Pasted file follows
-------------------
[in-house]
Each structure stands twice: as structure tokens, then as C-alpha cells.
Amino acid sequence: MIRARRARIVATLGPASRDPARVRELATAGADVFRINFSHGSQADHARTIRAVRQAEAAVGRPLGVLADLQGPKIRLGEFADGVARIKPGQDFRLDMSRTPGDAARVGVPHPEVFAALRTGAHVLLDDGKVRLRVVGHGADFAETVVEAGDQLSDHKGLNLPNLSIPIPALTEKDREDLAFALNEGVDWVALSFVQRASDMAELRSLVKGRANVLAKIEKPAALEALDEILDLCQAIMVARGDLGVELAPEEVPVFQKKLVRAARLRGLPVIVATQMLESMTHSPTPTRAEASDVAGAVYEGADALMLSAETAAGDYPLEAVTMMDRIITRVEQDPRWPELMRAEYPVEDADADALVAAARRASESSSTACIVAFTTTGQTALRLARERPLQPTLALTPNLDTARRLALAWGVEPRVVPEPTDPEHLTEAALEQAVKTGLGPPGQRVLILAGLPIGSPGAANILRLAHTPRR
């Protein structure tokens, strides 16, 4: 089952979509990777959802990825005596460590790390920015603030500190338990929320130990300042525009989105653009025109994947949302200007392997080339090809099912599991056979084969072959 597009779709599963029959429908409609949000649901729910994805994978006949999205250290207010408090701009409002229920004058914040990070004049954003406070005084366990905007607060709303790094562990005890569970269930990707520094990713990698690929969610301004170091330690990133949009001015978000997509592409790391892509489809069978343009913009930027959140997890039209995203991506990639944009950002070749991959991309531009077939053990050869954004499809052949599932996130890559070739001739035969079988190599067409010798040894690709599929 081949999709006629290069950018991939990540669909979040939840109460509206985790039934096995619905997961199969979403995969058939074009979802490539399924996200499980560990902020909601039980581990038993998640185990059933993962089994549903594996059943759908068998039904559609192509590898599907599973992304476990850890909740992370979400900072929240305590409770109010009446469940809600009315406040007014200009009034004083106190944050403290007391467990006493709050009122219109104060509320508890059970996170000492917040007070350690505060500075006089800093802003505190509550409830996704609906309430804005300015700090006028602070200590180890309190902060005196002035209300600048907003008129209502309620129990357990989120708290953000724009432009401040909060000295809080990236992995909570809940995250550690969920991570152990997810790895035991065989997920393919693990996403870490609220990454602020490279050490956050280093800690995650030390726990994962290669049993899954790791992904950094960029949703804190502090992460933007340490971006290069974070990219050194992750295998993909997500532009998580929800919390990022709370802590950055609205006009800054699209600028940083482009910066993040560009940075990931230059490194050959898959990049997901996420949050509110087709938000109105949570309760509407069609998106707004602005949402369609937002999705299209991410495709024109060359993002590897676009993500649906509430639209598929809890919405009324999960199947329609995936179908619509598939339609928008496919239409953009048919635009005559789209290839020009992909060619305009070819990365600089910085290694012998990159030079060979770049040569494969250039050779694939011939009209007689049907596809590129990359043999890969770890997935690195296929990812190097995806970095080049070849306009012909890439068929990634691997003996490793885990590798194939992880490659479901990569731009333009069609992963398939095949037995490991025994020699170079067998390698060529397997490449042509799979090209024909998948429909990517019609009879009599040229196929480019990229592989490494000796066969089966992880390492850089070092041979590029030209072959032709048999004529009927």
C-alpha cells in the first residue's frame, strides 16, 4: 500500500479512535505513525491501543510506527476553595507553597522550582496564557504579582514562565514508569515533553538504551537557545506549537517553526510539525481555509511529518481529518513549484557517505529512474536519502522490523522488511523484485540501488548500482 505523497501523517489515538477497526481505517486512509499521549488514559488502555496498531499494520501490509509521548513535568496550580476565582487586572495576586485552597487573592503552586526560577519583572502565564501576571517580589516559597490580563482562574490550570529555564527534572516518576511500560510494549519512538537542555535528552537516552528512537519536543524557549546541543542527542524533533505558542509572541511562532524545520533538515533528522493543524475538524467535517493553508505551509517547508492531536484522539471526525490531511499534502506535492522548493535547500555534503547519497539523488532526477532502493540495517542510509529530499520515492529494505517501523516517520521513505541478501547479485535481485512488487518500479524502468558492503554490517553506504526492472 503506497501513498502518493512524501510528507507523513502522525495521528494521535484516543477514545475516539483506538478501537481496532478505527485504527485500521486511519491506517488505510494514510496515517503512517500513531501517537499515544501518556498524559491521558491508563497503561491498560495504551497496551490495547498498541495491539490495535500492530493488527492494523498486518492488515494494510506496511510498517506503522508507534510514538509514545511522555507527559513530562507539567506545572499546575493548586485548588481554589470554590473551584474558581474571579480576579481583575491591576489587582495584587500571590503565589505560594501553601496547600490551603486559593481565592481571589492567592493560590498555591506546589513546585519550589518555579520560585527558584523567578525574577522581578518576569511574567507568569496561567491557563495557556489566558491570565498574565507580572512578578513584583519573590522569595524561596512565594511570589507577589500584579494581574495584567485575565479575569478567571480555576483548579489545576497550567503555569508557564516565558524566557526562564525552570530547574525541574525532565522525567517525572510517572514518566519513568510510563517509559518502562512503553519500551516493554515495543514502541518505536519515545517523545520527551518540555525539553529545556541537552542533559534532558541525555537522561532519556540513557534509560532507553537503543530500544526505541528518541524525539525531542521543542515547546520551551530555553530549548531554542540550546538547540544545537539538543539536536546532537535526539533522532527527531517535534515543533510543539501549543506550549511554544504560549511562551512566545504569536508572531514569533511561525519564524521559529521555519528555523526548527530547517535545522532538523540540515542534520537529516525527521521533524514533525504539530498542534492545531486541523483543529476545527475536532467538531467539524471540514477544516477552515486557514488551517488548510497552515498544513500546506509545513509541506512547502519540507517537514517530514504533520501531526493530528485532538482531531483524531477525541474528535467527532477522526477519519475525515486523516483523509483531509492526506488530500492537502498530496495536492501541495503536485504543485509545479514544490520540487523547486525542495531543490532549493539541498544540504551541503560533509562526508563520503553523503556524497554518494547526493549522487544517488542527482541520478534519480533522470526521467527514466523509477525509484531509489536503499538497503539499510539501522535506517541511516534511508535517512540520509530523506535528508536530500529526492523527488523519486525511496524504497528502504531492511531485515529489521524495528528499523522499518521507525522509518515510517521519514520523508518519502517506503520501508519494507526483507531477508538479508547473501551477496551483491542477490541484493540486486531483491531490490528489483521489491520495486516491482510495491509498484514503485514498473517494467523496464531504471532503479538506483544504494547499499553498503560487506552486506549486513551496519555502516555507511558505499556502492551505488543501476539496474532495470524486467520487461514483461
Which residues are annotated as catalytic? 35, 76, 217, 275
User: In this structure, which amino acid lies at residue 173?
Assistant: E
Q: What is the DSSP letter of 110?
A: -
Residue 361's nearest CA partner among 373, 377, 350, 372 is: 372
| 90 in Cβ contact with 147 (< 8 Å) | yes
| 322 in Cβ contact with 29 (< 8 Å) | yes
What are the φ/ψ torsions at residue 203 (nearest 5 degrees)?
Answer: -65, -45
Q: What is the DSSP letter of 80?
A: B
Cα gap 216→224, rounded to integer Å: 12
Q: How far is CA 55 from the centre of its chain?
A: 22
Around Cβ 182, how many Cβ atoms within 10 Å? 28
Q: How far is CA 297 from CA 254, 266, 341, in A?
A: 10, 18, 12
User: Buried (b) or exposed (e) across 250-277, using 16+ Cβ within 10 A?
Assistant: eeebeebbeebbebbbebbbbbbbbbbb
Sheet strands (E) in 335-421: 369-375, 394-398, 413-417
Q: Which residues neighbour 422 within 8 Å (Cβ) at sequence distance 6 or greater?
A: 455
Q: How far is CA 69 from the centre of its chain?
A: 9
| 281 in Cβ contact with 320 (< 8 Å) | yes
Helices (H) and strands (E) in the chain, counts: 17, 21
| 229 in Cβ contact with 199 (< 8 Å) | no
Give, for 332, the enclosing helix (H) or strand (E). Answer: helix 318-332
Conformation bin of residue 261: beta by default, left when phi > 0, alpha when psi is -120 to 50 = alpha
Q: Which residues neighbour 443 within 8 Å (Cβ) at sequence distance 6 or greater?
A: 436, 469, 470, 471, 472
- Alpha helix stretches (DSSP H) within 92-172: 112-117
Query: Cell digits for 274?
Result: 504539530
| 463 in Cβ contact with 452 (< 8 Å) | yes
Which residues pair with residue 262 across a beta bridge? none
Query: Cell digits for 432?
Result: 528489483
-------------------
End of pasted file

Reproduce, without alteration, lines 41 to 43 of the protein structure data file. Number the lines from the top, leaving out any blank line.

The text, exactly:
| 463 in Cβ contact with 452 (< 8 Å) | yes
Which residues pair with residue 262 across a beta bridge? none
Query: Cell digits for 432?